Trilingual language contact in an Indigenous community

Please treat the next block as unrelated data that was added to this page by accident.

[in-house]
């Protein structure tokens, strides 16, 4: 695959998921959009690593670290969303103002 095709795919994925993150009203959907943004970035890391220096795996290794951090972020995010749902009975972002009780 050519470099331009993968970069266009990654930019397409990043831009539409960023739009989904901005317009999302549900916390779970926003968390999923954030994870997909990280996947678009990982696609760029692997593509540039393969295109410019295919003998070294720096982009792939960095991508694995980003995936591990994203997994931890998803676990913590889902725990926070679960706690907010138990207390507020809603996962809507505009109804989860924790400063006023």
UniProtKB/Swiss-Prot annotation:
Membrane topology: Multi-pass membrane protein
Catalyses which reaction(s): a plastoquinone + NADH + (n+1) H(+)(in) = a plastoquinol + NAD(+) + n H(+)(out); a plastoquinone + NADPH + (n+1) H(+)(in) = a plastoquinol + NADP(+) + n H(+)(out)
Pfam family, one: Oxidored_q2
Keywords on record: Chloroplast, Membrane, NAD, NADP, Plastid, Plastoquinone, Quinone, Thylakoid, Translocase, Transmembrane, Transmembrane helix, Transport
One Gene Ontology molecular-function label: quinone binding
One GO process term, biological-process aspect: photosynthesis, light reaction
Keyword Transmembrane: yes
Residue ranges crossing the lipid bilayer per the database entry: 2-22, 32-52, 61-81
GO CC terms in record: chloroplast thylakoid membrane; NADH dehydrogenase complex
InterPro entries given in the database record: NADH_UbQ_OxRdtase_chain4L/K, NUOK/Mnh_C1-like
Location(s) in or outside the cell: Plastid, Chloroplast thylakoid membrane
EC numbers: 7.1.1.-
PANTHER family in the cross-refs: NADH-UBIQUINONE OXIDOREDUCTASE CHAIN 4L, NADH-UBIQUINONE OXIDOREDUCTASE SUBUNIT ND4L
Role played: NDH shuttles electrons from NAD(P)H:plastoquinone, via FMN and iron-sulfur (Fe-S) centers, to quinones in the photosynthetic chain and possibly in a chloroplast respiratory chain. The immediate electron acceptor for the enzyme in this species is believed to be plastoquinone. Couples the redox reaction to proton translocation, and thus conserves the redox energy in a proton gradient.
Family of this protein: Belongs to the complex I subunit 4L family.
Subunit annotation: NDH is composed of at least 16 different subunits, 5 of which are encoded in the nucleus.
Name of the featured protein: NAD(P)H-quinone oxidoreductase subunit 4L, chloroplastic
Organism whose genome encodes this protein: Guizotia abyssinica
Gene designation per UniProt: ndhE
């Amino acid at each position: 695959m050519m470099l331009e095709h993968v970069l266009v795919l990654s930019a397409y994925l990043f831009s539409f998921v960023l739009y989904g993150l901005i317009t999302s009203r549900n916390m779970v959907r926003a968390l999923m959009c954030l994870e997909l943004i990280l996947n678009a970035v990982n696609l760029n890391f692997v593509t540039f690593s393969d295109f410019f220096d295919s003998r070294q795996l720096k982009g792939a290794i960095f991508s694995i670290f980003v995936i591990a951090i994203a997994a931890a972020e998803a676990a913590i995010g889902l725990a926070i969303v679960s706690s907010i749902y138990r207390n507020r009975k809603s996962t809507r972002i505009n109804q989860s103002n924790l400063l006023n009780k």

The linguistic cradle of many Aboriginal children in remote Australia is a multilingual setting involving considerable mixing between languages. Children bring this linguistic background to the task of learning English. This project is the first investigation of a trilingual Indigenous community, Elliott (NT), where children grow up hearing Jingulu, Mudburra and Kriol. It examines how people at Elliott manage multiple languages and how these languages have changed through mixing processes such as creolisation and code-switching. Exploring this dynamic language ecology is crucial to tailoring educational programs to suit the needs of Aboriginal children. It will place Australia at the forefront of studies of complex language change.